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One admonition by Prielipp et al. is that there should be a paradigm shift in how anesthesiologists practice.1 The authors speculate that anesthesiologists, especially those already in practice, may not be sufficiently well trained to provide the full range of perioperative care. Their contention seems to imply that all anesthesiologists will have to be fully trained perioperative specialists to work within PSH models or risk having their practices become nothing more than a hospital commodity. That would be akin to proposing that every anesthesiologist in a large group practice must be able to care for children undergoing complex congenital heart procedures. That just is not the case. Most group practices recruit a subset of members who have specific pediatric cardiac anesthesiology training. These colleagues are tasked with caring for children undergoing complex procedures. Nearly all of us specialize within our practices or by limiting our practices. It is likely that groups will identify and hire a subset of members who have unique interest, training, and experience in perioperative care. Members with administrative talents will oversee the development of perioperative care pathways and supervise the teams responsible for delivering complex care to patients on those pathways.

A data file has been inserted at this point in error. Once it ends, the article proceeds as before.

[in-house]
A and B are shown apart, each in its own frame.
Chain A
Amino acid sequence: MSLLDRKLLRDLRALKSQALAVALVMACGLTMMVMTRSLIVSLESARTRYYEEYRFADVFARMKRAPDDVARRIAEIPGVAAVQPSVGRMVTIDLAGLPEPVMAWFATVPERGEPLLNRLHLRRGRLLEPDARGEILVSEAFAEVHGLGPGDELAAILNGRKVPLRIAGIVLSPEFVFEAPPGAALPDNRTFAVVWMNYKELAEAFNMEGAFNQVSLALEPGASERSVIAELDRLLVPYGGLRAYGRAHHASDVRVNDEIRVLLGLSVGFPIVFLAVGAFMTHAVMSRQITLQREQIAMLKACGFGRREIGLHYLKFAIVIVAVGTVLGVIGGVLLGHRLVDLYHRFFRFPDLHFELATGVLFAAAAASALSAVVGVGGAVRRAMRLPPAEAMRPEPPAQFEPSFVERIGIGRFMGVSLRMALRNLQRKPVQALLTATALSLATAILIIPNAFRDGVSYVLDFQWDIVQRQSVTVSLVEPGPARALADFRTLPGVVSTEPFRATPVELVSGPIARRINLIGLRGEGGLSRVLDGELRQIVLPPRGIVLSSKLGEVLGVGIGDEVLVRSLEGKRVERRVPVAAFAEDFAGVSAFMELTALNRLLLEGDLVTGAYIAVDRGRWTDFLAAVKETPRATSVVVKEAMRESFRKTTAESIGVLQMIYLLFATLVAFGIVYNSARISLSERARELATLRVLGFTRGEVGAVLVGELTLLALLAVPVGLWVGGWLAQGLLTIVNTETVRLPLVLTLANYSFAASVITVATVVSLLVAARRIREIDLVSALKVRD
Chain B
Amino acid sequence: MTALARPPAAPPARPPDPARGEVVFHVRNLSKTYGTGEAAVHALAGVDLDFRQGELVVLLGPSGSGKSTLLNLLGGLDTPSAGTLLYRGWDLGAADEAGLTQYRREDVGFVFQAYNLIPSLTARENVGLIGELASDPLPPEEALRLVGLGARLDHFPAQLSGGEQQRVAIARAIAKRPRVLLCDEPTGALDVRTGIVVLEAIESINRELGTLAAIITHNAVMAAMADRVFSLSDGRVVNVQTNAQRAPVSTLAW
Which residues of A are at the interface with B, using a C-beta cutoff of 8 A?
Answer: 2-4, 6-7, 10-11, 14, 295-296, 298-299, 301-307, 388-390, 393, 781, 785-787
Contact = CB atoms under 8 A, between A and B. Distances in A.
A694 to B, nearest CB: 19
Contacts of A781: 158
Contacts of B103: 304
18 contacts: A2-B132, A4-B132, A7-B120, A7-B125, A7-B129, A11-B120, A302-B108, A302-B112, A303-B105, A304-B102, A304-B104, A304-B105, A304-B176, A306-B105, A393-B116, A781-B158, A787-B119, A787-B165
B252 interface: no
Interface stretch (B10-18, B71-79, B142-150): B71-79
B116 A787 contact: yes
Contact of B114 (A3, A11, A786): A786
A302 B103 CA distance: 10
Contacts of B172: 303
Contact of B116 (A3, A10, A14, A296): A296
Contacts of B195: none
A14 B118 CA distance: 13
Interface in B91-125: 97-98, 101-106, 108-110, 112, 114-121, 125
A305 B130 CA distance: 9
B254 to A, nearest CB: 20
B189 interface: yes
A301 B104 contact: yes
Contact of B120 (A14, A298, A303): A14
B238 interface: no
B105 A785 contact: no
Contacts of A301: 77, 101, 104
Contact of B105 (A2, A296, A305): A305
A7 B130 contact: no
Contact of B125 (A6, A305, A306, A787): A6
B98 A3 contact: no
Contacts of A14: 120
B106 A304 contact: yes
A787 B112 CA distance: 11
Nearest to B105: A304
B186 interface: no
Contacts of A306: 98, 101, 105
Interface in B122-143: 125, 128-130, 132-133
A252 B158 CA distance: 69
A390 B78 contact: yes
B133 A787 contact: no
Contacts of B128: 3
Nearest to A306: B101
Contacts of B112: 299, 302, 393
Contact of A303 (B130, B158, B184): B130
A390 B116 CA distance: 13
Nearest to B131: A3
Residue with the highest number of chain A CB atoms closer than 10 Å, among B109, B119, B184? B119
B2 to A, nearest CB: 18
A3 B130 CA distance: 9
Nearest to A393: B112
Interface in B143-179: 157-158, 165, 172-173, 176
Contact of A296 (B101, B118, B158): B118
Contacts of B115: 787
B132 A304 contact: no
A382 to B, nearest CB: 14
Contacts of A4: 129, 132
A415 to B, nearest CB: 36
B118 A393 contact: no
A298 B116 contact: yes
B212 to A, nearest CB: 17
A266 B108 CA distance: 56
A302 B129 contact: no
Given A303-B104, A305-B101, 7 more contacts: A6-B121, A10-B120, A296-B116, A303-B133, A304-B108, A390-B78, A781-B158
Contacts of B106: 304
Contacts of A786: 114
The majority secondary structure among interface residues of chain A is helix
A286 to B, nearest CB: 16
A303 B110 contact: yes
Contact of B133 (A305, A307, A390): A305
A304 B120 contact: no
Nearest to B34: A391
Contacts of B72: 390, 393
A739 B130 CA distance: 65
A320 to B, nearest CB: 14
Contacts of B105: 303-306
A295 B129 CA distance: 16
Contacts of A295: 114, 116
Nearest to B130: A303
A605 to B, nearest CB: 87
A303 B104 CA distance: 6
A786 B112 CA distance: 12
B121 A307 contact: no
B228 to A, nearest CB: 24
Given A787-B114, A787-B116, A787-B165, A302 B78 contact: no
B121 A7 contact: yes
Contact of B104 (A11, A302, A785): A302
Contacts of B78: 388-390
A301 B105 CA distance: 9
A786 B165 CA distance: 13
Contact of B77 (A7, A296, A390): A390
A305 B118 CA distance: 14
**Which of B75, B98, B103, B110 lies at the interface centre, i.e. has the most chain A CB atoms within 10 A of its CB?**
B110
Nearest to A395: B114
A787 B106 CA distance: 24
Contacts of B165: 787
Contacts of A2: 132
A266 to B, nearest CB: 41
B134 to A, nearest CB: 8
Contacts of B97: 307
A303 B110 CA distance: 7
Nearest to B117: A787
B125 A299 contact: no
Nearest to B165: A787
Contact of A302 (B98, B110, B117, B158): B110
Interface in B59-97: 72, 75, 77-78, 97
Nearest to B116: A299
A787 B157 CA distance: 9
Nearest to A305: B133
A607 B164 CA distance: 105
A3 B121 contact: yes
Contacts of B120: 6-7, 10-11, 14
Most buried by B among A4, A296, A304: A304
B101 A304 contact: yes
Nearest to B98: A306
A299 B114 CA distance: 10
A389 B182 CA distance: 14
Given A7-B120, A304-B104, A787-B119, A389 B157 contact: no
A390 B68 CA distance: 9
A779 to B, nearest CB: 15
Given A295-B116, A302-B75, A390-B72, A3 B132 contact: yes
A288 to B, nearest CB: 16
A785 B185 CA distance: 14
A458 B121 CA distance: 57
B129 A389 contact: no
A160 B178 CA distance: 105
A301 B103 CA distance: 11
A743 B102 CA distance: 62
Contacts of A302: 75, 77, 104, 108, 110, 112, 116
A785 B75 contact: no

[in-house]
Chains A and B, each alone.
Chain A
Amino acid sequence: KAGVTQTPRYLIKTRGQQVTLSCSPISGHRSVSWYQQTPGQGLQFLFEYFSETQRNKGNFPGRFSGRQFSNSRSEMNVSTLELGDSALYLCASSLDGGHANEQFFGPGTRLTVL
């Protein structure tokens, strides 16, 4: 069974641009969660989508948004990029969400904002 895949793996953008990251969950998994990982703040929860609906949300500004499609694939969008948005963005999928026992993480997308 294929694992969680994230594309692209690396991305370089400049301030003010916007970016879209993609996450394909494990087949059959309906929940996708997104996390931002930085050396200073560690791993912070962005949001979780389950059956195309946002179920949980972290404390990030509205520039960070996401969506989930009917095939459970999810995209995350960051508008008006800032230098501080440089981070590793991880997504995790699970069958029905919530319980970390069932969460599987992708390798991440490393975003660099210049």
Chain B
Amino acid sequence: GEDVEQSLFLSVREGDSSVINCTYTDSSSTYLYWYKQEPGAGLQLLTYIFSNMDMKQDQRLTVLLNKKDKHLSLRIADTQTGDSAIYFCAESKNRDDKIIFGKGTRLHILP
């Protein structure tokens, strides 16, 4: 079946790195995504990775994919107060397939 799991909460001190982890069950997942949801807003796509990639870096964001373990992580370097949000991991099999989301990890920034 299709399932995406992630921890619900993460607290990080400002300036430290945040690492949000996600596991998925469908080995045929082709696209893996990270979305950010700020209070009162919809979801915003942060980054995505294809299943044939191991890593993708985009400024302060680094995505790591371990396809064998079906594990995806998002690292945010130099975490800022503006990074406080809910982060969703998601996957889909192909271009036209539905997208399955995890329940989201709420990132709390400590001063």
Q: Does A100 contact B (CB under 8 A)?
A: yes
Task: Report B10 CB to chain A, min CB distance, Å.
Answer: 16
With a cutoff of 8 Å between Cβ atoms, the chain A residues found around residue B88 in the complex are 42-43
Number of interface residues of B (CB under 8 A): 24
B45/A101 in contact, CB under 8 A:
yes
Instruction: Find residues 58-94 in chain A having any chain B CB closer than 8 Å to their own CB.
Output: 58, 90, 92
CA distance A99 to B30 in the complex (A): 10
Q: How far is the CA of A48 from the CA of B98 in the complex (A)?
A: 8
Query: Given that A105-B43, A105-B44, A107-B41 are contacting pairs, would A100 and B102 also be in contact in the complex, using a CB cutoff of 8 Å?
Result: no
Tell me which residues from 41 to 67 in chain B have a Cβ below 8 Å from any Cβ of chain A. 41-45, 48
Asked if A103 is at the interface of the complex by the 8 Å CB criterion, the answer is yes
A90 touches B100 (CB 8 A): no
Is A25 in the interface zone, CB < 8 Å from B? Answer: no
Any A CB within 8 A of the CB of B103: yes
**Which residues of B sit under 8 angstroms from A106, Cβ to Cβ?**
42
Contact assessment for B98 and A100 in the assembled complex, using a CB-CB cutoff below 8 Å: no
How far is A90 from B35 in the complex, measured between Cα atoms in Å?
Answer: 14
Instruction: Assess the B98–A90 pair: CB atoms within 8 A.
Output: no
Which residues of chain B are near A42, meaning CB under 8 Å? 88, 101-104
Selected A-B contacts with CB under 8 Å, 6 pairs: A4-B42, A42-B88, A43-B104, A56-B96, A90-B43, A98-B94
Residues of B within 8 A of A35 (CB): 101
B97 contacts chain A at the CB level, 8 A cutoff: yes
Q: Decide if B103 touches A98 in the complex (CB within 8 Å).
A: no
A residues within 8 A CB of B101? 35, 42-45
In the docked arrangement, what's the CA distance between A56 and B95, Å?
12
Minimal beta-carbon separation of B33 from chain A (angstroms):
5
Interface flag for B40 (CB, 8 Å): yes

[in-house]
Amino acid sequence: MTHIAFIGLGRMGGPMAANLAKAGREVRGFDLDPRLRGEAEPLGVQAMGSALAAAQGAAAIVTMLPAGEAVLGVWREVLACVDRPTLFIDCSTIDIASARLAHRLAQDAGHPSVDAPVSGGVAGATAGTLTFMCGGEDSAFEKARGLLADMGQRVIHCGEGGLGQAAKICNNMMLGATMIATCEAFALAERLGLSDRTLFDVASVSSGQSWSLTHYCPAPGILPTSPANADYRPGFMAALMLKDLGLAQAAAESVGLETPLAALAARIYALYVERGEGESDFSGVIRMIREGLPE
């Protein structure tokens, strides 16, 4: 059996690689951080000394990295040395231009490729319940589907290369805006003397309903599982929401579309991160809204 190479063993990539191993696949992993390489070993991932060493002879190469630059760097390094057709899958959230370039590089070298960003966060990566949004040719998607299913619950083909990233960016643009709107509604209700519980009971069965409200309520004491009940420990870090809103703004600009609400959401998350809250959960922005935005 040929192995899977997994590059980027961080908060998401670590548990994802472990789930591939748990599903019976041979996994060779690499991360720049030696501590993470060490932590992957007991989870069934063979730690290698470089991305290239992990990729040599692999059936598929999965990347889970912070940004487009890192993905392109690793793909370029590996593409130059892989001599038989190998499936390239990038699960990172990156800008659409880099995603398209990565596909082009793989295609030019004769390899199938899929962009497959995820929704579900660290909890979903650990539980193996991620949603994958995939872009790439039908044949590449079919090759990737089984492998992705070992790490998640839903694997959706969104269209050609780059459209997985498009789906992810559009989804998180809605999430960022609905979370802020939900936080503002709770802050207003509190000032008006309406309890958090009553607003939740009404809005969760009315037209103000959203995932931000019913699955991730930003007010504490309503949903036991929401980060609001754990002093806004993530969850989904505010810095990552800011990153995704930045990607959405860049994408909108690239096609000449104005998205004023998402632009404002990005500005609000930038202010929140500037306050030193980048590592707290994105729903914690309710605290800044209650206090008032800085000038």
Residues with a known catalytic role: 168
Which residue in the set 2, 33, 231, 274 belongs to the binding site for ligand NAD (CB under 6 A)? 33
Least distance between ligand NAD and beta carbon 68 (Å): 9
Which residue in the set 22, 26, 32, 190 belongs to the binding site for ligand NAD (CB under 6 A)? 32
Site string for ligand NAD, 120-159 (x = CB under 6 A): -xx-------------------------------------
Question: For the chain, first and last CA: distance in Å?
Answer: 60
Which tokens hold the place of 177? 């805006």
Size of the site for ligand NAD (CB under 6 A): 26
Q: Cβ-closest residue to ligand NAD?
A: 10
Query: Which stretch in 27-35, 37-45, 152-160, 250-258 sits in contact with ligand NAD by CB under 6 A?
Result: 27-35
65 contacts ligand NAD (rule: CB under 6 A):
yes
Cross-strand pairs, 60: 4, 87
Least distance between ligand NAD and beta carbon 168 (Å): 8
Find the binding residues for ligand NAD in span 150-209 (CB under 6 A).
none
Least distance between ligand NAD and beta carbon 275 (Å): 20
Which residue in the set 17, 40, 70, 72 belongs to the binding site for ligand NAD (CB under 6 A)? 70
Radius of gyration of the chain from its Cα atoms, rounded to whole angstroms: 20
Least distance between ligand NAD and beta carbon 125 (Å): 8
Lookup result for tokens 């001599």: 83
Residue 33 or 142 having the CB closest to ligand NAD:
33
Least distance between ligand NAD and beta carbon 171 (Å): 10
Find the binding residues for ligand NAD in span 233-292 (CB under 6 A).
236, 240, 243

Their contention also would suggest that currently practicing anesthesiologists are incapable of adapting to changing conditions, specifically that they are not able or willing to learn the skills required for broad-based perioperative care. Many anesthesiologists are highly knowledgeable about perioperative issues, probably more so than any other specialist. All anesthesiologists have options for learning to deliver broad-based perioperative care. Since the 2001 formation of the Council on the Continuous Professional Development of Anesthesiologists by the ASA and ABA, the ASA has dramatically increased its educational programs related to perioperative care issues.